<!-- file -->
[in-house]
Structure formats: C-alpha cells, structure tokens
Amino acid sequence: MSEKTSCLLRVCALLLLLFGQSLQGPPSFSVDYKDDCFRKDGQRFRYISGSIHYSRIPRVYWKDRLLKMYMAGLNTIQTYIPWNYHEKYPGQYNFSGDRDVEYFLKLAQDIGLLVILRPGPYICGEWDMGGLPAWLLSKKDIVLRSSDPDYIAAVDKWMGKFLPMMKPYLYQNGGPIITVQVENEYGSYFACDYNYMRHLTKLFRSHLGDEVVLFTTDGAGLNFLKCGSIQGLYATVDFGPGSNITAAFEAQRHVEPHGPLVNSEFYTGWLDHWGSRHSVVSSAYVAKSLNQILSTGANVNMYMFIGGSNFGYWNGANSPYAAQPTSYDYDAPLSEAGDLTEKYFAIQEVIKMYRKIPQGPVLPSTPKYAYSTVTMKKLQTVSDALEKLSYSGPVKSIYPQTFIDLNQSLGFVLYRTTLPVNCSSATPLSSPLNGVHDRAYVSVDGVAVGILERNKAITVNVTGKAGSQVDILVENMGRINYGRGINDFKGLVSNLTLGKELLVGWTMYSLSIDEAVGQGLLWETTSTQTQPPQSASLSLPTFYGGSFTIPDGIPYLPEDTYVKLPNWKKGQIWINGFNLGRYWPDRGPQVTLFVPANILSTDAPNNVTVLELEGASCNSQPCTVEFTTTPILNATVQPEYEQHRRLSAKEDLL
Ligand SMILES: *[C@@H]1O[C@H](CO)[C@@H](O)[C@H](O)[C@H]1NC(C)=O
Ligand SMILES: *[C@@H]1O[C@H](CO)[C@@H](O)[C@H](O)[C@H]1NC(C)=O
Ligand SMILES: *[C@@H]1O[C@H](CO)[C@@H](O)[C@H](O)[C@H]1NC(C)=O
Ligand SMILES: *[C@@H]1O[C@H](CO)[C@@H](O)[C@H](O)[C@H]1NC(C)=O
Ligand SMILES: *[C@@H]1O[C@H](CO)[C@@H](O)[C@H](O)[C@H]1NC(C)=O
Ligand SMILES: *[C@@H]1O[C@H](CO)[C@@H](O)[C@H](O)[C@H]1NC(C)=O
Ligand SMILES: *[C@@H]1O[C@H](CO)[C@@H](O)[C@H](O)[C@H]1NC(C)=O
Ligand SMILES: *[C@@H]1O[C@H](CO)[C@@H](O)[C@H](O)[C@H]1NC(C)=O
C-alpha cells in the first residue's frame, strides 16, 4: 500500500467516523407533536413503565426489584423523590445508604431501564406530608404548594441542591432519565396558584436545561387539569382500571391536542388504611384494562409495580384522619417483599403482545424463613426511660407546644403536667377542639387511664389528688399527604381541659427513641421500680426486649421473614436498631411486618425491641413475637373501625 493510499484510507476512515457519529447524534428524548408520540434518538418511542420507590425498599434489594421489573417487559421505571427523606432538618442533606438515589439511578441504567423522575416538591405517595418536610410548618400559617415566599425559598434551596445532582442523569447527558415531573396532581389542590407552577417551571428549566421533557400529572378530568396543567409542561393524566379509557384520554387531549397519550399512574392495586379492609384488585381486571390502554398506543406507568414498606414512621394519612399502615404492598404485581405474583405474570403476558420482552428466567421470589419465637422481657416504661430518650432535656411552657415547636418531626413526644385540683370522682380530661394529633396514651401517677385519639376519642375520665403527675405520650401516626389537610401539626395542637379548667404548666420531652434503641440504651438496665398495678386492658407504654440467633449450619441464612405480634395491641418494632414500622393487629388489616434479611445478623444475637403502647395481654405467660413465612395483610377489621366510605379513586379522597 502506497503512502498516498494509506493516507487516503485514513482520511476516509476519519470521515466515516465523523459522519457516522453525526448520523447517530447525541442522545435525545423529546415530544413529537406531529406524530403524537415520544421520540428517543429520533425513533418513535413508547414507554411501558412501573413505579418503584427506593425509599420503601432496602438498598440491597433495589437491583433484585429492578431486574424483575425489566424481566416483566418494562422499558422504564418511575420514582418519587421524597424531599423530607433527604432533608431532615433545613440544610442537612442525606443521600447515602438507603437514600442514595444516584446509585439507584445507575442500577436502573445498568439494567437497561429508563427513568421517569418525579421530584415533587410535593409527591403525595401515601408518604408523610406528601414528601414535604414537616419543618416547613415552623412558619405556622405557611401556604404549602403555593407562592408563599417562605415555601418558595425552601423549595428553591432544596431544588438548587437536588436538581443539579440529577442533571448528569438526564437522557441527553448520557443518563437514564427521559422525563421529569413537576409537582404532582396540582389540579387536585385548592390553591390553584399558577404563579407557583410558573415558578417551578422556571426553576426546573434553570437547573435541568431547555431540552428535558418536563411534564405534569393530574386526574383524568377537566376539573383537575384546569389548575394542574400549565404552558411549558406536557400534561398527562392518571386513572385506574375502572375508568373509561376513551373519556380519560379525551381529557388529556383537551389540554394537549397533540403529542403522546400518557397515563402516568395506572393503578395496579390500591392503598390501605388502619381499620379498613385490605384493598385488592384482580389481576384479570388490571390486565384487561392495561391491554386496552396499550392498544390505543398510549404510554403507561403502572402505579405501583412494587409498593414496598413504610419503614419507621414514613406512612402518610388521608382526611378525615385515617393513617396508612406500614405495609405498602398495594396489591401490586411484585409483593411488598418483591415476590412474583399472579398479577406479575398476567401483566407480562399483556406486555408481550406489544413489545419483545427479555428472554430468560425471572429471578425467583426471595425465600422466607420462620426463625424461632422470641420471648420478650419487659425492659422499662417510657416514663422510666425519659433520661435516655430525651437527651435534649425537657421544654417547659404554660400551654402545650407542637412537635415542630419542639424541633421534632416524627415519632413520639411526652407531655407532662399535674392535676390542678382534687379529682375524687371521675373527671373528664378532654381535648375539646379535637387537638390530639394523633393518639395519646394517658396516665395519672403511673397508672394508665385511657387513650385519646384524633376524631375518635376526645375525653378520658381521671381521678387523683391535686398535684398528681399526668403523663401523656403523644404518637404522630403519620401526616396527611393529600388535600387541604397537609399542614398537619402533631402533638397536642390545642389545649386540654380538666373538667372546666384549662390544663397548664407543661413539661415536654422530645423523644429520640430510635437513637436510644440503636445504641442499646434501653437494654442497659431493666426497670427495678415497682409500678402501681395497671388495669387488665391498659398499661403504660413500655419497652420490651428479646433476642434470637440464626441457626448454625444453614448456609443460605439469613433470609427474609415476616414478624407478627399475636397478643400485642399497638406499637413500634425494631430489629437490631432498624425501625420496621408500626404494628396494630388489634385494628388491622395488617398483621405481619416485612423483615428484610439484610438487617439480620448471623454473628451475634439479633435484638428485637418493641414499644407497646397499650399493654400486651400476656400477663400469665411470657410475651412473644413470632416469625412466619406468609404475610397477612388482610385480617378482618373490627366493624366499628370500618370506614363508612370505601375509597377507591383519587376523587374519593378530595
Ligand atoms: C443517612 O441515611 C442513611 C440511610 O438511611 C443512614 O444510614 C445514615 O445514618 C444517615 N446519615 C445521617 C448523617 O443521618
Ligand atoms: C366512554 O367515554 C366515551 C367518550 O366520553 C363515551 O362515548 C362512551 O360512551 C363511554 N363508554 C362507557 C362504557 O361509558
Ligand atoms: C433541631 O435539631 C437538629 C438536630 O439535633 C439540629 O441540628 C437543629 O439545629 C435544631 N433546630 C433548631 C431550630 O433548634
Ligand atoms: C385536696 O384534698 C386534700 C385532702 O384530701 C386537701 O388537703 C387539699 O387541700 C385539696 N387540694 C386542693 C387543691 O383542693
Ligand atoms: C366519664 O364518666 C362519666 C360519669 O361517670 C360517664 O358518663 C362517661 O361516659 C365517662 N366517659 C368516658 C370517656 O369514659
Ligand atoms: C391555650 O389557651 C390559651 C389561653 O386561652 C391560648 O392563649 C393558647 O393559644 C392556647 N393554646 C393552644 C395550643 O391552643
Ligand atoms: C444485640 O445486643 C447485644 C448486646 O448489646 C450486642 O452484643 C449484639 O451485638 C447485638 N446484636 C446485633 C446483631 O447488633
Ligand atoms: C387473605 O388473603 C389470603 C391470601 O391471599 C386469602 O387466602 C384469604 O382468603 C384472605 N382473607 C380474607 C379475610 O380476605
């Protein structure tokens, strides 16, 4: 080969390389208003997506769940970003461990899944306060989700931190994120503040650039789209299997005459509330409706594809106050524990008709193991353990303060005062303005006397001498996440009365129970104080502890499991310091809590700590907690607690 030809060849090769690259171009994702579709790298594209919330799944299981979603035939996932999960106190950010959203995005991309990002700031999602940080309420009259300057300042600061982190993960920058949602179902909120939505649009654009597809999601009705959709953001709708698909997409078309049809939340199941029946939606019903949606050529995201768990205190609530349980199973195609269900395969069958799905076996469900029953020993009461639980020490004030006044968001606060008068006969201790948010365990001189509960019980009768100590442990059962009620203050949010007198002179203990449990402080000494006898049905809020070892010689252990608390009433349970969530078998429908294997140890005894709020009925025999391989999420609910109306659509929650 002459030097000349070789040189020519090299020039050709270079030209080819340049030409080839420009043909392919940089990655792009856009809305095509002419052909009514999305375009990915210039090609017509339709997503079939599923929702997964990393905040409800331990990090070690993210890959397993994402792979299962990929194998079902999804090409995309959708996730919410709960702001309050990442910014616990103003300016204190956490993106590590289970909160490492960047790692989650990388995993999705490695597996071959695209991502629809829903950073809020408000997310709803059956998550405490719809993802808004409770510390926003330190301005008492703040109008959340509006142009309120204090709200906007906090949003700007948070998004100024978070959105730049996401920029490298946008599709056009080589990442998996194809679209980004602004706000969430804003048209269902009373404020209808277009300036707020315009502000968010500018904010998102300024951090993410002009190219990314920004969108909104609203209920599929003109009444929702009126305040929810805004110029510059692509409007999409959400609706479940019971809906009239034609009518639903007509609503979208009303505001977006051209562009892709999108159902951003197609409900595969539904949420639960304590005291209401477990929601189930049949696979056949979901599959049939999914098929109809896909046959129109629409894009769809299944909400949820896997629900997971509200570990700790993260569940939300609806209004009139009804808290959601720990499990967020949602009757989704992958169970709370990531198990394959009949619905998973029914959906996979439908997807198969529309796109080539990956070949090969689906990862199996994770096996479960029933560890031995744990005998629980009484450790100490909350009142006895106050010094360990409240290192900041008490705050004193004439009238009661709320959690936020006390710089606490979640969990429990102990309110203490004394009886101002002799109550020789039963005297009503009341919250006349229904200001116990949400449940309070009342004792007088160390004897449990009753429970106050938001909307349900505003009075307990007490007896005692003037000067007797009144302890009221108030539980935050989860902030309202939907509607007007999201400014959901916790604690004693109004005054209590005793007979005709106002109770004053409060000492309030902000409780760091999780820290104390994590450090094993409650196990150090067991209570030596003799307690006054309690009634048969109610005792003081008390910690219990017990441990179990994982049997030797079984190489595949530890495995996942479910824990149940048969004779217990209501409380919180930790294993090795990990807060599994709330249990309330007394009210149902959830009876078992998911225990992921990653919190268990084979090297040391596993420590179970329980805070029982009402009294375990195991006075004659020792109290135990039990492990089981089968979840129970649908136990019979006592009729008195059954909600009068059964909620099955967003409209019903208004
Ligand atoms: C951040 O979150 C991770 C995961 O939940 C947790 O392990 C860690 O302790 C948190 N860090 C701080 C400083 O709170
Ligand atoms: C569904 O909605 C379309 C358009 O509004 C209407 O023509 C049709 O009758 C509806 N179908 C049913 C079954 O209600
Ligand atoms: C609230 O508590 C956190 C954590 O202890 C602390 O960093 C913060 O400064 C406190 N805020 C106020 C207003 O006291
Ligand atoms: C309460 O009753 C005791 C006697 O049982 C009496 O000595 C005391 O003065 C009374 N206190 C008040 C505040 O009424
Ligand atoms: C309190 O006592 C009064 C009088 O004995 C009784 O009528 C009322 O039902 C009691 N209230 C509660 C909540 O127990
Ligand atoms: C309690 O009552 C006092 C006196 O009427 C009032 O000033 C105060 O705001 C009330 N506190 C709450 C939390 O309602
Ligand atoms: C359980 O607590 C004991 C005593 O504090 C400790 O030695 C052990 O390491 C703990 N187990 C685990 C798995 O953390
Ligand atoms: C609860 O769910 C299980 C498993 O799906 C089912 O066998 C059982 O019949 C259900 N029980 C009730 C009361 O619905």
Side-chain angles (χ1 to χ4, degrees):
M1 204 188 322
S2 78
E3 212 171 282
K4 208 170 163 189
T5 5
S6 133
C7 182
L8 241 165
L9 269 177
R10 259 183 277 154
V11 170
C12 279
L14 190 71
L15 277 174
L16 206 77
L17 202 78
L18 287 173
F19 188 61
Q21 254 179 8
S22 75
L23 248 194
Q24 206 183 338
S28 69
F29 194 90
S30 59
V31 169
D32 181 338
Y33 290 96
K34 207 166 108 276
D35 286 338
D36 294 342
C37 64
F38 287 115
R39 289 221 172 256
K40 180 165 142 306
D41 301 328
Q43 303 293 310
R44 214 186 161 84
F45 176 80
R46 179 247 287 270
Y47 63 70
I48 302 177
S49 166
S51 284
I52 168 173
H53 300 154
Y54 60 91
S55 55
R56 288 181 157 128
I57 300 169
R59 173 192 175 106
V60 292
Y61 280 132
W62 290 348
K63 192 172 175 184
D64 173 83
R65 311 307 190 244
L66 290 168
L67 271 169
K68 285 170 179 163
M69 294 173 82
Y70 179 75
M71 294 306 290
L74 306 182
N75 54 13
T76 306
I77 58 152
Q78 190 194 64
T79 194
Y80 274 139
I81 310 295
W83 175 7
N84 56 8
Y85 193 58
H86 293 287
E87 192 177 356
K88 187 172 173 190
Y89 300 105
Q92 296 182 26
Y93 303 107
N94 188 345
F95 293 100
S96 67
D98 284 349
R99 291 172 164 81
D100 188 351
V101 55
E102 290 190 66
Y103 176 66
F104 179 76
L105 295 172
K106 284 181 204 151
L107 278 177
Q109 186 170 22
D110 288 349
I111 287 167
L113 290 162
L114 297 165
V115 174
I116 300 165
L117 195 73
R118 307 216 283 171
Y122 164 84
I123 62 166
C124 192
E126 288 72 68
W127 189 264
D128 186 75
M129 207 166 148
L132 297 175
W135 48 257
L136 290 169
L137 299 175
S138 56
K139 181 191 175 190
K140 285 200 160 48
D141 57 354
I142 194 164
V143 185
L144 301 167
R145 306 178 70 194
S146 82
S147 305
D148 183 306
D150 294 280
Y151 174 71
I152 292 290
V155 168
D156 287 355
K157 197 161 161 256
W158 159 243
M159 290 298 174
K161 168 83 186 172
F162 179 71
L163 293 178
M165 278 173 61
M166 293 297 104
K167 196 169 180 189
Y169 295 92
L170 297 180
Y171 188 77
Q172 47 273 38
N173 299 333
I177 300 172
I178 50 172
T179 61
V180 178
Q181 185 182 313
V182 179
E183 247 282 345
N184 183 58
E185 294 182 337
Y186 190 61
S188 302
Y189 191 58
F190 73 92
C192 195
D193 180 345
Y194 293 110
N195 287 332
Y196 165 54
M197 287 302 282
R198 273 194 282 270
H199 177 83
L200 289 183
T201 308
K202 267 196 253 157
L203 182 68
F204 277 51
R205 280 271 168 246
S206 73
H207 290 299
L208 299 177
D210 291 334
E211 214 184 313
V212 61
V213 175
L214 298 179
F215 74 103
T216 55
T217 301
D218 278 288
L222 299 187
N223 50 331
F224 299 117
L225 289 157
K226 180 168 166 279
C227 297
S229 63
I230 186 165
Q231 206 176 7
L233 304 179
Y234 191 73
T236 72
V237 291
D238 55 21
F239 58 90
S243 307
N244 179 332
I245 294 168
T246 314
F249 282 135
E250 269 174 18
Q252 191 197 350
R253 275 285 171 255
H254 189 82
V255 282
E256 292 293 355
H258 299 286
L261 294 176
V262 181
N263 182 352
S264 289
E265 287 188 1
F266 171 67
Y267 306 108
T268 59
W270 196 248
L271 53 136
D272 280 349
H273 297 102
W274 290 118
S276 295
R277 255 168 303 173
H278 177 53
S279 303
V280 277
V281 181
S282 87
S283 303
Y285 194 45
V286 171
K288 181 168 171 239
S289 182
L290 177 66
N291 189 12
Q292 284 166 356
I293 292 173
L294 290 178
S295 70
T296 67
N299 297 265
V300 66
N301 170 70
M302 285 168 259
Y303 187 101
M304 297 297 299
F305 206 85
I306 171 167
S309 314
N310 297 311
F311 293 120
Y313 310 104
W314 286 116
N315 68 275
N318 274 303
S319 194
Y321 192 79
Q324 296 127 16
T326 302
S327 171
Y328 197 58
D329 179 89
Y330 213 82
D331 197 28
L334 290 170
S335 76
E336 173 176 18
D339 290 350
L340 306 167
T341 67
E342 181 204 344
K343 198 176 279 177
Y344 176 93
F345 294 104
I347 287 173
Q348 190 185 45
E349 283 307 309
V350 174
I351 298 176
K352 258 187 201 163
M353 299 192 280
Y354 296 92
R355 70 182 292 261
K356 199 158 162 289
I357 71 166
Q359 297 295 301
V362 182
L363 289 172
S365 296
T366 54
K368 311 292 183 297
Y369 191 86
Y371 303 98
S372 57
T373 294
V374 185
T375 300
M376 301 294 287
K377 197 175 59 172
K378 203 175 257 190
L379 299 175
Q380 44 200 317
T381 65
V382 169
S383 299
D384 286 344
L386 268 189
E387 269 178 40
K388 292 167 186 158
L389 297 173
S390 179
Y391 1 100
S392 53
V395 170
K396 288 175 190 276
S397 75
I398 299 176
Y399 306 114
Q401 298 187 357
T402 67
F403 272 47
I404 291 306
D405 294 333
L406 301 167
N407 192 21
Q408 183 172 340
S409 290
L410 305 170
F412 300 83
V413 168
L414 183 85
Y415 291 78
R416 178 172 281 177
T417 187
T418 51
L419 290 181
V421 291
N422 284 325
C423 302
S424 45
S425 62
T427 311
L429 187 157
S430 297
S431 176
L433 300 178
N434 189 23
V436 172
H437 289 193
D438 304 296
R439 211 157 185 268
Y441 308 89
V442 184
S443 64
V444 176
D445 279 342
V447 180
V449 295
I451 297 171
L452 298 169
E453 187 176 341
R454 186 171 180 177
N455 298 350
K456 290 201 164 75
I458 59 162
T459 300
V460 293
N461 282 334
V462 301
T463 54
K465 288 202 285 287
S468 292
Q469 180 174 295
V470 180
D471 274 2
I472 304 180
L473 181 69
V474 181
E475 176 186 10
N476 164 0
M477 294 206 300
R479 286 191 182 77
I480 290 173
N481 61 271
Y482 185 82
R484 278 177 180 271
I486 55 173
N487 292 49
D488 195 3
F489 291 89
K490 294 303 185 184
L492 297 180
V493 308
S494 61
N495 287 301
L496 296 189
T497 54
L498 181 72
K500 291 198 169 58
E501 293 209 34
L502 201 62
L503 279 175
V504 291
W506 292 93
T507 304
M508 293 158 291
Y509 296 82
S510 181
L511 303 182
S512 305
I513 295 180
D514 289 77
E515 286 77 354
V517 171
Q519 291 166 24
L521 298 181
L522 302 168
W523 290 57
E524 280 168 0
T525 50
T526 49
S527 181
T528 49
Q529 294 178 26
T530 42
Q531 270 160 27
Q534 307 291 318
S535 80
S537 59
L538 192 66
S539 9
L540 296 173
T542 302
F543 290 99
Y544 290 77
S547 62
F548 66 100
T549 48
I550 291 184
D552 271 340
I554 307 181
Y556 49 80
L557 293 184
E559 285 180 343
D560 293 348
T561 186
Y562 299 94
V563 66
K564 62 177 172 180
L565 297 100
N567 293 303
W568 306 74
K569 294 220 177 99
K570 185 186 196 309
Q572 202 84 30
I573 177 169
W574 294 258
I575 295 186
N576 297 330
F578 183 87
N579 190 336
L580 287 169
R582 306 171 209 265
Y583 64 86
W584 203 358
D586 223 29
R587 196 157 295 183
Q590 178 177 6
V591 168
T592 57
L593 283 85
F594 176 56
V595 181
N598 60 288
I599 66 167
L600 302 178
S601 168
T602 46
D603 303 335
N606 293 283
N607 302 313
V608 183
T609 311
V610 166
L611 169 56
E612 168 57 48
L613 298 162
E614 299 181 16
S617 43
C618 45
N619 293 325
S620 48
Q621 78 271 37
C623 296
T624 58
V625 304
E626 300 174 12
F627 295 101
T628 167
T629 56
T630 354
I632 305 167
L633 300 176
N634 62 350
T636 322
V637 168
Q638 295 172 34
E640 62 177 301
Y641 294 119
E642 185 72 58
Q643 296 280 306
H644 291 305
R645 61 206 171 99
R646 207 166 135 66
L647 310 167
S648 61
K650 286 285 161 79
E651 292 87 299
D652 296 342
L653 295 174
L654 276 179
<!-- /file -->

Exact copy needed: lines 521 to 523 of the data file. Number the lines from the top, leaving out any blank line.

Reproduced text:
C618 45
N619 293 325
S620 48